Examples of frequency in the following topics:

 The perception of frequency is called pitch.
 The perception of frequency is called pitch.
 The SI unit of frequency is called a Hertz, denoted Hz.
 Different species can hear different frequency ranges.
 Three flashing lights, from lowest frequency (top) to highest frequency (bottom). f is the frequency in hertz (Hz); or the number of cycles per second.

 The lowest commonly encountered radio frequencies are produced by highvoltage AC power transmission lines at frequencies of 50 or 60 Hz.
 In this case, a carrier wave having the basic frequency of the radio station (perhaps 105.1 MHz) is modulated in frequency by the audio signal, producing a wave of constant amplitude but varying frequency.
 Other channels called UHF (ultra high frequency) utilize an even higher frequency range of 470 to 1000 MHz.
 Frequency modulation for FM radio.
 (a) A carrier wave at the station's basic frequency.

 The period is the duration of one cycle in a repeating event, while the frequency is the number of cycles per unit time.
 The frequency is defined as the number of cycles per unit time.
 Frequency is usually denoted by a Latin letter f or by a Greek letter ν (nu).
 Note that period and frequency are reciprocals of each other .
 Sinusoidal waves of various frequencies; the bottom waves have higher frequencies than those above.

 The wave resulting from the superposition of two similarfrequency waves has a frequency that is the average of the two.
 This wave fluctuates in amplitude, or beats, with a frequency called the beat frequency.
 We can determine the beat frequency mathematically by adding two waves together.
 One can also measure the beat frequency directly.
 The number of beats per second, or the beat frequency, shows the difference in frequency between the two notes.

 Response of an RLC circuit depends on the driving frequency—at large enough frequencies, inductive (capacitive) term dominates.
 Now, we will examine the system's response at limits of large and small frequencies.
 At large enough frequencies $(\nu \gg \frac{1}{\sqrt{2\pi LC}})$, XL is much greater than XC.
 The impedance Z at small frequencies $(\nu \ll \frac{1}{\sqrt{2\pi LC}})$ is dominated by the capacitive term, assuming that the frequency is high enough so that XC is much larger than R.
 Distinguish behavior of RLC series circuits as large and small frequencies

 Frequencies at which the response amplitude is a relative maximum are known as the system's resonance frequencies.
 The reactances vary with frequency $\nu$, with XL large at high frequencies and XC large at low frequencies given as:
 $\nu_0$ is the resonant frequency of an RLC series circuit.
 A variable capacitor is often used to adjust the resonance frequency to receive a desired frequency and to reject others. is a graph of current as a function of frequency, illustrating a resonant peak in Irms at $\nu_0 = f_0$.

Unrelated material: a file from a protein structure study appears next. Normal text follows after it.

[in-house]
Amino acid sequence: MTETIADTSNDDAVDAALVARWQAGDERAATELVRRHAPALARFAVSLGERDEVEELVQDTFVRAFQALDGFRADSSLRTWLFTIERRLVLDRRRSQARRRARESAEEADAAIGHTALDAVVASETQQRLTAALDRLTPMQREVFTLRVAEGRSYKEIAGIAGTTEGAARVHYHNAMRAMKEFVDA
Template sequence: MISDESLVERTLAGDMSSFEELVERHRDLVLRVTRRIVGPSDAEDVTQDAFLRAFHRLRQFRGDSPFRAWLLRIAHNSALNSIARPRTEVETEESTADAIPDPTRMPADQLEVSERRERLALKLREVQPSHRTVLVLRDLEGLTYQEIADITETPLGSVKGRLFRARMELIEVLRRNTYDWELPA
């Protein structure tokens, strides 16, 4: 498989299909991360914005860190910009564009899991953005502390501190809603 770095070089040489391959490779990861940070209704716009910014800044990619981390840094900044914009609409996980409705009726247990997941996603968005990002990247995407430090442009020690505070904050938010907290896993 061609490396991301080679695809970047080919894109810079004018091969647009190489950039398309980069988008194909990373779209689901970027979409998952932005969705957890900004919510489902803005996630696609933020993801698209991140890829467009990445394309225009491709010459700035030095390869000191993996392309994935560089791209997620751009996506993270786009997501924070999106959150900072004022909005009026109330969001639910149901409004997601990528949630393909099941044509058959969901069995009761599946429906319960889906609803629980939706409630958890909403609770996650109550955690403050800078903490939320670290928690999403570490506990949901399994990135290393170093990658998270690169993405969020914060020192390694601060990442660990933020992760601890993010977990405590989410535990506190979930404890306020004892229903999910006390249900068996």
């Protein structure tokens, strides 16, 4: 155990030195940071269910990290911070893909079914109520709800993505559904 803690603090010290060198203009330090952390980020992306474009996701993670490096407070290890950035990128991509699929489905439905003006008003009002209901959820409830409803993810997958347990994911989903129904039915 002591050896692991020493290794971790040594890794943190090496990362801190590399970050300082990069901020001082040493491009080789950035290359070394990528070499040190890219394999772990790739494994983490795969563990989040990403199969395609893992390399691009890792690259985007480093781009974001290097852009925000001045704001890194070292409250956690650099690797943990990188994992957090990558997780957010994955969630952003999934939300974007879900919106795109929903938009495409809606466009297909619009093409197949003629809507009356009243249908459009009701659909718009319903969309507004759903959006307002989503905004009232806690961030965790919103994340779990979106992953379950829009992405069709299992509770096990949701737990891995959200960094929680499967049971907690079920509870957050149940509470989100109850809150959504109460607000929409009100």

An RLC series circuit with an AC voltage source. f is the frequency of the source.

 Looked at from another point of view, for any sampling interval $\Delta$ , there is a special frequency (called the Nyquist frequency), given by $f_s = \frac{1}{2\Delta}$ .
 The extrema (peaks and troughs) of a sinusoid of frequency $f_s$ will lie exactly $1/2f_s$ apart.
 Figure 4.9 shows a cosine function sampled at an interval longer than $1/2f_s$ ; this sampling produces an apparent frequency of 1/3 the true frequency.
 This means that any frequency component in the signal lying outside the interval $(f_s,f_s)$ will be spuriously shifted into this interval.
 Figure 4.9: A sinusoid sampled at less than the Nyquist frequency gives rise to spurious periodicities.

 The phenomenon of driving a system with a frequency equal to its natural frequency is called resonance.
 The phenomenon of driving a system with a frequency equal to its natural frequency is called resonance.
 When tuning a radio, for example, people are adjusting the resonant frequency of the radio circuit so that it only oscillates to the desired station's broadcast (or driving) frequency.
 Resonance occurs when the driving frequency equals the natural frequency, and the greatest response is for the least amount of damping.
 Heavy cross winds drove the bridge into oscillations at its resonant frequency.

 Extremely high frequency (EHF) is the highest microwave frequency band.
 Super high frequency (SHF) is the designation for electromagnetic wave frequencies in the range of 3 GHz to 30 GHz.
 Microwaves at a frequency of 2.45 GHz are produced by accelerating electrons.
 The maser, rather than amplifying visible light energy, amplifies the lowerfrequency, longerwavelength microwaves and radio frequency emissions.
 The range of frequencies and wavelengths is remarkable.

 Since the time between waves is reduced, the frequency is increased.
 If the observer is moving away from the sound source, the frequency will be lowered, and if the observer moves closer to the sound source, the frequency is increased.
 If the source approaches the observer at an angle (but still with a constant velocity), the observed frequency that is first heard is higher than the object's emitted frequency.
 If the speeds and are small compared to the speed of the wave, the relationship between observed frequency and emitted frequency is approximately
 The wavefronts are produced with the same frequency as before.